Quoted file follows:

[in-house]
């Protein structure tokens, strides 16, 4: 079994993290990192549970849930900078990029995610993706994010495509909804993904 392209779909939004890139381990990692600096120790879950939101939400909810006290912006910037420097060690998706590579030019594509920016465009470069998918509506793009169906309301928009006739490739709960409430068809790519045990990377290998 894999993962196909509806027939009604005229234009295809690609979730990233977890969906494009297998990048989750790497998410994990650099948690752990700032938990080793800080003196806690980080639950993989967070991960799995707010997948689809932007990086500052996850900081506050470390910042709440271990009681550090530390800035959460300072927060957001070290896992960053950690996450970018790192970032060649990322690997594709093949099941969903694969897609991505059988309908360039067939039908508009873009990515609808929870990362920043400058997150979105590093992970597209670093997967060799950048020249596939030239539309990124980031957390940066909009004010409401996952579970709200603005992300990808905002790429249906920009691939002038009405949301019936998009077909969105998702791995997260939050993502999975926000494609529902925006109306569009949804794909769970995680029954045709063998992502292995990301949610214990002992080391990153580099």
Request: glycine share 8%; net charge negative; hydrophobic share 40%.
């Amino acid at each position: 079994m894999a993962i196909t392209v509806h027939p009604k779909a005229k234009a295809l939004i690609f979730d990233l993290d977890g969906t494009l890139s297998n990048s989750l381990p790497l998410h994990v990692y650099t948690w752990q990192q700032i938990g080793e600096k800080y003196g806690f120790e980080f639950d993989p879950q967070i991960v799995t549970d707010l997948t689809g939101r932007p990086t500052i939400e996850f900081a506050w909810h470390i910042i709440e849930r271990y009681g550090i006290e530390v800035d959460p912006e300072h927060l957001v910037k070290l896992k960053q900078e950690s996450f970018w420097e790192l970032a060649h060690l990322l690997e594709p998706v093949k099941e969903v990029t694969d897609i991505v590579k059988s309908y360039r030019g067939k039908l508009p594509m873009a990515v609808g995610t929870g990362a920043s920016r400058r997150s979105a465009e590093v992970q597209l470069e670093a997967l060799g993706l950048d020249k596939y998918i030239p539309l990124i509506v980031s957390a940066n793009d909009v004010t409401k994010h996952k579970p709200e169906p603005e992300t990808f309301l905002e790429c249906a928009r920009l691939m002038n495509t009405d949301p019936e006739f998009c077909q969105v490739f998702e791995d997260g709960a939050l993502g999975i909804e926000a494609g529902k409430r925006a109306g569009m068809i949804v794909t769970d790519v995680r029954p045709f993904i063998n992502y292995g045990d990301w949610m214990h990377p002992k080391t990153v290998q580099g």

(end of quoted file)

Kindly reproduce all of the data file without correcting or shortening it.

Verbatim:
[in-house]
């Protein structure tokens, strides 16, 4: 079994993290990192549970849930900078990029995610993706994010495509909804993904 392209779909939004890139381990990692600096120790879950939101939400909810006290912006910037420097060690998706590579030019594509920016465009470069998918509506793009169906309301928009006739490739709960409430068809790519045990990377290998 894999993962196909509806027939009604005229234009295809690609979730990233977890969906494009297998990048989750790497998410994990650099948690752990700032938990080793800080003196806690980080639950993989967070991960799995707010997948689809932007990086500052996850900081506050470390910042709440271990009681550090530390800035959460300072927060957001070290896992960053950690996450970018790192970032060649990322690997594709093949099941969903694969897609991505059988309908360039067939039908508009873009990515609808929870990362920043400058997150979105590093992970597209670093997967060799950048020249596939030239539309990124980031957390940066909009004010409401996952579970709200603005992300990808905002790429249906920009691939002038009405949301019936998009077909969105998702791995997260939050993502999975926000494609529902925006109306569009949804794909769970995680029954045709063998992502292995990301949610214990002992080391990153580099």
Request: glycine share 8%; net charge negative; hydrophobic share 40%.
């Amino acid at each position: 079994m894999a993962i196909t392209v509806h027939p009604k779909a005229k234009a295809l939004i690609f979730d990233l993290d977890g969906t494009l890139s297998n990048s989750l381990p790497l998410h994990v990692y650099t948690w752990q990192q700032i938990g080793e600096k800080y003196g806690f120790e980080f639950d993989p879950q967070i991960v799995t549970d707010l997948t689809g939101r932007p990086t500052i939400e996850f900081a506050w909810h470390i910042i709440e849930r271990y009681g550090i006290e530390v800035d959460p912006e300072h927060l957001v910037k070290l896992k960053q900078e950690s996450f970018w420097e790192l970032a060649h060690l990322l690997e594709p998706v093949k099941e969903v990029t694969d897609i991505v590579k059988s309908y360039r030019g067939k039908l508009p594509m873009a990515v609808g995610t929870g990362a920043s920016r400058r997150s979105a465009e590093v992970q597209l470069e670093a997967l060799g993706l950048d020249k596939y998918i030239p539309l990124i509506v980031s957390a940066n793009d909009v004010t409401k994010h996952k579970p709200e169906p603005e992300t990808f309301l905002e790429c249906a928009r920009l691939m002038n495509t009405d949301p019936e006739f998009c077909q969105v490739f998702e791995d997260g709960a939050l993502g999975i909804e926000a494609g529902k409430r925006a109306g569009m068809i949804v794909t769970d790519v995680r029954p045709f993904i063998n992502y292995g045990d990301w949610m214990h990377p002992k080391t990153v290998q580099g």